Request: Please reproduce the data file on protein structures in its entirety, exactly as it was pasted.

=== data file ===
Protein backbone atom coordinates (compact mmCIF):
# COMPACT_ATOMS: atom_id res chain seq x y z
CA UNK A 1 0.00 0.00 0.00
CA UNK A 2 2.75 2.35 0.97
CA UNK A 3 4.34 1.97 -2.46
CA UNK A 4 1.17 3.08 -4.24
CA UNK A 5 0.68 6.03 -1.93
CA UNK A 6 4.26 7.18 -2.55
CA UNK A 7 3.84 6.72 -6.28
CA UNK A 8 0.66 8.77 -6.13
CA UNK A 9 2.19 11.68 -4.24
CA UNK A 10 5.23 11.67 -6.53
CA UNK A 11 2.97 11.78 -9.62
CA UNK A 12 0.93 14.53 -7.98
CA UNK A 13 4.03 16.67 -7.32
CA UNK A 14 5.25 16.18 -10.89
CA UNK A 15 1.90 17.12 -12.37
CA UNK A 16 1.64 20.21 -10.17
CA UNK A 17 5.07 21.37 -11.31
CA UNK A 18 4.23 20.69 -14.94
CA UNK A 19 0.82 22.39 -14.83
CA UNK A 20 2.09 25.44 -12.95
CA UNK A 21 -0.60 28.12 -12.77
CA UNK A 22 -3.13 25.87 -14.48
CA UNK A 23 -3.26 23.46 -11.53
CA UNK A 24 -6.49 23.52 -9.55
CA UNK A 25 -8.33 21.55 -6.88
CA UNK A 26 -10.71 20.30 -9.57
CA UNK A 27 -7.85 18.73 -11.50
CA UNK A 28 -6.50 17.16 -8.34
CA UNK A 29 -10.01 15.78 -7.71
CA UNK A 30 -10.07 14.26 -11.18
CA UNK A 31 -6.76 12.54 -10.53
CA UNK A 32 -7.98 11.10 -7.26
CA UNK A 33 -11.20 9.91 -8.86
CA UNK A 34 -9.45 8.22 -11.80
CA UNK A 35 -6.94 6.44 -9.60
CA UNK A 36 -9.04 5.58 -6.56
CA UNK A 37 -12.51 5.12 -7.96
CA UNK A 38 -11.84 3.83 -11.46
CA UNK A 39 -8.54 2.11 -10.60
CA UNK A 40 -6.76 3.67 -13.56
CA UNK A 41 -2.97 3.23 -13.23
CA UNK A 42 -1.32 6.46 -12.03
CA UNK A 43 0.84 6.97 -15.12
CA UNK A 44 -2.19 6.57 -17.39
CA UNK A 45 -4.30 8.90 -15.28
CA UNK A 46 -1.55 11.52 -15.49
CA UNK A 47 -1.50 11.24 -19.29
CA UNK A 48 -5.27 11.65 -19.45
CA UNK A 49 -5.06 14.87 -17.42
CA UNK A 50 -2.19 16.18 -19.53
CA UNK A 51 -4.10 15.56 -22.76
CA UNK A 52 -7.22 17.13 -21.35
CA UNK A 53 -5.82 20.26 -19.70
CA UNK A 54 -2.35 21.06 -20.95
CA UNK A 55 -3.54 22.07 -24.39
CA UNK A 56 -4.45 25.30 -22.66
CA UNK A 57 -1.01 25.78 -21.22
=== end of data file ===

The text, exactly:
Protein backbone atom coordinates (compact mmCIF):
# COMPACT_ATOMS: atom_id res chain seq x y z
CA UNK A 1 0.00 0.00 0.00
CA UNK A 2 2.75 2.35 0.97
CA UNK A 3 4.34 1.97 -2.46
CA UNK A 4 1.17 3.08 -4.24
CA UNK A 5 0.68 6.03 -1.93
CA UNK A 6 4.26 7.18 -2.55
CA UNK A 7 3.84 6.72 -6.28
CA UNK A 8 0.66 8.77 -6.13
CA UNK A 9 2.19 11.68 -4.24
CA UNK A 10 5.23 11.67 -6.53
CA UNK A 11 2.97 11.78 -9.62
CA UNK A 12 0.93 14.53 -7.98
CA UNK A 13 4.03 16.67 -7.32
CA UNK A 14 5.25 16.18 -10.89
CA UNK A 15 1.90 17.12 -12.37
CA UNK A 16 1.64 20.21 -10.17
CA UNK A 17 5.07 21.37 -11.31
CA UNK A 18 4.23 20.69 -14.94
CA UNK A 19 0.82 22.39 -14.83
CA UNK A 20 2.09 25.44 -12.95
CA UNK A 21 -0.60 28.12 -12.77
CA UNK A 22 -3.13 25.87 -14.48
CA UNK A 23 -3.26 23.46 -11.53
CA UNK A 24 -6.49 23.52 -9.55
CA UNK A 25 -8.33 21.55 -6.88
CA UNK A 26 -10.71 20.30 -9.57
CA UNK A 27 -7.85 18.73 -11.50
CA UNK A 28 -6.50 17.16 -8.34
CA UNK A 29 -10.01 15.78 -7.71
CA UNK A 30 -10.07 14.26 -11.18
CA UNK A 31 -6.76 12.54 -10.53
CA UNK A 32 -7.98 11.10 -7.26
CA UNK A 33 -11.20 9.91 -8.86
CA UNK A 34 -9.45 8.22 -11.80
CA UNK A 35 -6.94 6.44 -9.60
CA UNK A 36 -9.04 5.58 -6.56
CA UNK A 37 -12.51 5.12 -7.96
CA UNK A 38 -11.84 3.83 -11.46
CA UNK A 39 -8.54 2.11 -10.60
CA UNK A 40 -6.76 3.67 -13.56
CA UNK A 41 -2.97 3.23 -13.23
CA UNK A 42 -1.32 6.46 -12.03
CA UNK A 43 0.84 6.97 -15.12
CA UNK A 44 -2.19 6.57 -17.39
CA UNK A 45 -4.30 8.90 -15.28
CA UNK A 46 -1.55 11.52 -15.49
CA UNK A 47 -1.50 11.24 -19.29
CA UNK A 48 -5.27 11.65 -19.45
CA UNK A 49 -5.06 14.87 -17.42
CA UNK A 50 -2.19 16.18 -19.53
CA UNK A 51 -4.10 15.56 -22.76
CA UNK A 52 -7.22 17.13 -21.35
CA UNK A 53 -5.82 20.26 -19.70
CA UNK A 54 -2.35 21.06 -20.95
CA UNK A 55 -3.54 22.07 -24.39
CA UNK A 56 -4.45 25.30 -22.66
CA UNK A 57 -1.01 25.78 -21.22